Processing is the Name of the Game
I can always tell the impact of a yoga class I’ve taught by the depth students go into deep relaxation. If we have stimulated all aspects of the nervous system, done every type of yoga movements (forward, backward, twisting, inversion, balancing) and performed poses from each position (seated, standing, prone, dorsal) the mind and body will go deeply into Yoga Nidra, the deep relaxation meditation practice done at the end of yoga. The pose we are laying in is called Savasana, or Corpse Pose.
Have you ever wondered why it is called that? Sometimes I tell kids in class that it’s because you lay down and relax you body so much that you are lifeless—like a dead body. I suppose that only describes how still and quiet I want them hold Corpse Pose but that’s not the entire truth. Yoga Nidra literally means: Yogic Sleep. It is describing a brain-wave state that is in-between Deep Sleep and Dream State. Yogis describe that Deep Sleep and the state of Enlightenment are very close to one another—the only difference is that you don’t remember anything in deep sleep but it is very restful.
Yoga Nidra is the best of both worlds. It is as restful as deep sleep (not dream state because that is very active and not so restful—you may have felt that if you woke up from a nightmare) while cultivating the mind’s observation and alertness skills. In a yoga class or practice setting, the potential depth one can enter in Yoga Nidra is in direct relation with what you do in the Asana (poses) and Pranayama (breathing exercises) portion of the session. In order to fully experience Deep Relaxation Meditation the body must be stimulated, activated and Yoga Nidra should be for at least ten minutes.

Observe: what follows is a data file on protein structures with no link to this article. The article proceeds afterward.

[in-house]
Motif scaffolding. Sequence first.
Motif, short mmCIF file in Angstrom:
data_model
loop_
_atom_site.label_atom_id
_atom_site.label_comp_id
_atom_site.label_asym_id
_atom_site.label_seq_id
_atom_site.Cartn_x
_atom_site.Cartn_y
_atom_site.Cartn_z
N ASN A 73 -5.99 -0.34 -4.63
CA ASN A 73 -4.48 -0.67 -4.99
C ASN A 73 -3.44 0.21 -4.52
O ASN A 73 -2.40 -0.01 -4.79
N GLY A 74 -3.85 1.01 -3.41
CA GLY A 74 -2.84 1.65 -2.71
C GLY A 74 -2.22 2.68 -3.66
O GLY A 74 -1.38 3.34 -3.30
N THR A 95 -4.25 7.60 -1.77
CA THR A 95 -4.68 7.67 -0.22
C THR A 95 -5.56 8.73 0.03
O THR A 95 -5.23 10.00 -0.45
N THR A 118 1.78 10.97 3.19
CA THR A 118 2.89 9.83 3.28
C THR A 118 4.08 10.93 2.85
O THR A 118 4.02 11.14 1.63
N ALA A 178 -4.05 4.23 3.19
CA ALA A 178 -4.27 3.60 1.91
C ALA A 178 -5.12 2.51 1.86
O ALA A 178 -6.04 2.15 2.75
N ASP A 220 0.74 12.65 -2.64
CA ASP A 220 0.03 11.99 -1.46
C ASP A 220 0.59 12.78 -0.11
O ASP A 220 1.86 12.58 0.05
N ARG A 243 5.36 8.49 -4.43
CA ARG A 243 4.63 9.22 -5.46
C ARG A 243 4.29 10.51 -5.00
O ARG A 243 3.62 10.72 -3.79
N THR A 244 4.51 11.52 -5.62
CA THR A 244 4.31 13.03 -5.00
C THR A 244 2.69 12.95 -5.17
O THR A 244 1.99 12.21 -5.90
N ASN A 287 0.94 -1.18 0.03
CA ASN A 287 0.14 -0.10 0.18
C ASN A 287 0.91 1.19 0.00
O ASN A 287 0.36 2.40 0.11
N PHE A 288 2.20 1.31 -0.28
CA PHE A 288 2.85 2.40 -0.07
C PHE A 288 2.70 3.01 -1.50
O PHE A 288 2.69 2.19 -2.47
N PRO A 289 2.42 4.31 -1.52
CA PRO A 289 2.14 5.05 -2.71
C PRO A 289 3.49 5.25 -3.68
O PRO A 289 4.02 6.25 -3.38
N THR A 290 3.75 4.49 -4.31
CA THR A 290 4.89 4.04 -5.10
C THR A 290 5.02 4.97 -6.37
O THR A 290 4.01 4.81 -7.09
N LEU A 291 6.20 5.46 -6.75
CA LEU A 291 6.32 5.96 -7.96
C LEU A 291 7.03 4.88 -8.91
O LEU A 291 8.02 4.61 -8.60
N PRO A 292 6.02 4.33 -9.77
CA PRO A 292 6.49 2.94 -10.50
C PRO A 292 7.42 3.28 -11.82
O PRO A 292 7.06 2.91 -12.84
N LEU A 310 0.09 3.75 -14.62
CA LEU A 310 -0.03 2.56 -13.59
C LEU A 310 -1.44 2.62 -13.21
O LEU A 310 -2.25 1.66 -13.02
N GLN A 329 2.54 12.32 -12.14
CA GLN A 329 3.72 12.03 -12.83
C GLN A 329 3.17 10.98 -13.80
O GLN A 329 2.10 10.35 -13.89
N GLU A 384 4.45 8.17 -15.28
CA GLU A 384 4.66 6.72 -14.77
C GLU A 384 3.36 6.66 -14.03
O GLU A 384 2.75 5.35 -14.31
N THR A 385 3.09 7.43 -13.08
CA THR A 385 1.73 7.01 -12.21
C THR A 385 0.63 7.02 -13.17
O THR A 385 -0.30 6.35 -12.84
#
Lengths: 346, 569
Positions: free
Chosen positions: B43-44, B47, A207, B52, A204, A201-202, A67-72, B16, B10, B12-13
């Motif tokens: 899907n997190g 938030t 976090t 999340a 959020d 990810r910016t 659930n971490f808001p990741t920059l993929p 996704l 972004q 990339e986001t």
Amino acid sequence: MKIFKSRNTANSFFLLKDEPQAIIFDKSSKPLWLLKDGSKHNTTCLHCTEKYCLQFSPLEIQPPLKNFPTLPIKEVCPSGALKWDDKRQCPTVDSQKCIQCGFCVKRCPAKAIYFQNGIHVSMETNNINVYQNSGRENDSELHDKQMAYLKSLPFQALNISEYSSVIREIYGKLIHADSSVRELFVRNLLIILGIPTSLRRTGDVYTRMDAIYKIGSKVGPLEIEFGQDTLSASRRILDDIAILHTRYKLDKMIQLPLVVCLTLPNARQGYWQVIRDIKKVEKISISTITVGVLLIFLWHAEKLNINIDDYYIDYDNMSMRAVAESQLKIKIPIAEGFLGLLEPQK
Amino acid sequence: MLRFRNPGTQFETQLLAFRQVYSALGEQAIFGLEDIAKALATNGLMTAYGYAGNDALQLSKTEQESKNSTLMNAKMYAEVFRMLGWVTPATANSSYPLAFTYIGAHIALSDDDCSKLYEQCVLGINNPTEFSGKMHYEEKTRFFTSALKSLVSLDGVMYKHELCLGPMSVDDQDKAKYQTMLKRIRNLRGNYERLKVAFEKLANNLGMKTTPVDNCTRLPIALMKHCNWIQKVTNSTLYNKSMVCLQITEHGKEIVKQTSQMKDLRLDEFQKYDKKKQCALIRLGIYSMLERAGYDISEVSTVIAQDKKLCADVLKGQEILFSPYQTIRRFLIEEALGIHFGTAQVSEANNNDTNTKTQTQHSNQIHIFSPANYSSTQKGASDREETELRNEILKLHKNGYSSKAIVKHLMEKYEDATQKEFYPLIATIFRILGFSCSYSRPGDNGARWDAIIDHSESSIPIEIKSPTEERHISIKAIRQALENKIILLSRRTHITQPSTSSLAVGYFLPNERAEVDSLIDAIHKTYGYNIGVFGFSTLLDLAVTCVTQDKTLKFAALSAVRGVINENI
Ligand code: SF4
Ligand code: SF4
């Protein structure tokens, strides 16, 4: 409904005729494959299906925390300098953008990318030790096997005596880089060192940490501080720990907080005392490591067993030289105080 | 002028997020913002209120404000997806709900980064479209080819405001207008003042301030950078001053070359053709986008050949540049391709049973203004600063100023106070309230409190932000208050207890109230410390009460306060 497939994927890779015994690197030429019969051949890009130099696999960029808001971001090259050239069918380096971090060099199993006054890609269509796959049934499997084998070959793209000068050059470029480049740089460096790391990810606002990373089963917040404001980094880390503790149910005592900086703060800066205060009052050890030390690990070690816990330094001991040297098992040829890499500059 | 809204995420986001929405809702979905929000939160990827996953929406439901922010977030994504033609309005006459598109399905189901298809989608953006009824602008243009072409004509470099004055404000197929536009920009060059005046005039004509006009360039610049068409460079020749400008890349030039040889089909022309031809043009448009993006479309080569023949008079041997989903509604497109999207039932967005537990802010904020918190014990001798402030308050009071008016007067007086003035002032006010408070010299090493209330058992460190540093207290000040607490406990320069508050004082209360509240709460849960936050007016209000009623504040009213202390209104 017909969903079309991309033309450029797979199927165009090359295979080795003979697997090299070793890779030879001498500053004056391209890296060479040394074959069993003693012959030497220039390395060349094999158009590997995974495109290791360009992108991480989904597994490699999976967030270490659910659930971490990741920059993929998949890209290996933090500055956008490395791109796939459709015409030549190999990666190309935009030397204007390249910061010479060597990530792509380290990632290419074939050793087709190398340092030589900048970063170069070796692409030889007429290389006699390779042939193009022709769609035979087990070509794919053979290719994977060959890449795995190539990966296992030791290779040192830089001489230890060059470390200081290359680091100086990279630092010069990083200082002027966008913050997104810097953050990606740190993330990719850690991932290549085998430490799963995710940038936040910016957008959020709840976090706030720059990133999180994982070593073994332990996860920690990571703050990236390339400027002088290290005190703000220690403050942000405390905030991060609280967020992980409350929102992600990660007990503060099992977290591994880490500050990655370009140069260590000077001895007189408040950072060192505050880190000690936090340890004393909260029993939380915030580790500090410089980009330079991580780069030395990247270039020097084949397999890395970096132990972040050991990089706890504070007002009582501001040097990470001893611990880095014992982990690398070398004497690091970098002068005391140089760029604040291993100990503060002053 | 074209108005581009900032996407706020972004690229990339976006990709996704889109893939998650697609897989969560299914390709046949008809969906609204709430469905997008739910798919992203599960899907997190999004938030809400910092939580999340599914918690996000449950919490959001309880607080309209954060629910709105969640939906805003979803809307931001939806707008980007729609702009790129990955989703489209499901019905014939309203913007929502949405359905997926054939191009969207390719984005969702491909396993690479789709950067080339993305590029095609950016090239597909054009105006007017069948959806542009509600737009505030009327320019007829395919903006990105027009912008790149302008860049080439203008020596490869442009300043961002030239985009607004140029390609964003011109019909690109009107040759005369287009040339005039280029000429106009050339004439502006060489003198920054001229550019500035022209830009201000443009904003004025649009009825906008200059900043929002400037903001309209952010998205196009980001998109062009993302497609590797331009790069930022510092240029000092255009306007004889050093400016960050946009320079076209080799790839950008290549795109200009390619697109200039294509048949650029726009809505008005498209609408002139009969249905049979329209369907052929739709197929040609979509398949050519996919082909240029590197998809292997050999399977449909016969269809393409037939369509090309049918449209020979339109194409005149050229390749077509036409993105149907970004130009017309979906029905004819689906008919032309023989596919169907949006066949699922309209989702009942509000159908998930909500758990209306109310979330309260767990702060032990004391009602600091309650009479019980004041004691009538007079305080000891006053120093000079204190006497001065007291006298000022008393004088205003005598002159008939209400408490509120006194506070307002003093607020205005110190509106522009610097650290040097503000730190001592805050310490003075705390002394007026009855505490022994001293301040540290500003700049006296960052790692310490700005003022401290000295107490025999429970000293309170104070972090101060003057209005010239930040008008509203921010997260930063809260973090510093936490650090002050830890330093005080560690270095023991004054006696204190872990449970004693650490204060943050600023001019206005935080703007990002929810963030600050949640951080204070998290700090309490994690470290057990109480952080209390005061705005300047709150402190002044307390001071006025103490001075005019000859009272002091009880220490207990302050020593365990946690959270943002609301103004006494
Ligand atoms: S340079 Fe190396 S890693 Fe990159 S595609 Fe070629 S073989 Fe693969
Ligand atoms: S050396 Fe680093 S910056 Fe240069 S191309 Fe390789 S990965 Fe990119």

It is too bad that in many yoga classes these days, under the dominance of Vinyasa (flow) style practices, students are practicing mainly forward bends and very short Savansana at the end. The secret is: therapeutic and healing properties of yoga live in the space between poses and Yoga Nidra at the end! Another important point is that Yoga Nidra can provide kids and adults with time and space to process their daily experiences i.e. our heavy load of sensory input. When applying the yogic understanding of the relationship of activation and relaxation in the therapeutic application of Sensory Integration Disorders e.g. Autism, ADD, ADHD, etc. (shared by children and adults alike) Yoga Therapy can make a huge impact and build necessary skills to alter behavior. In many ways, sensory integration and processing is a challenge to all beings living in our fast-paced globalized world today.
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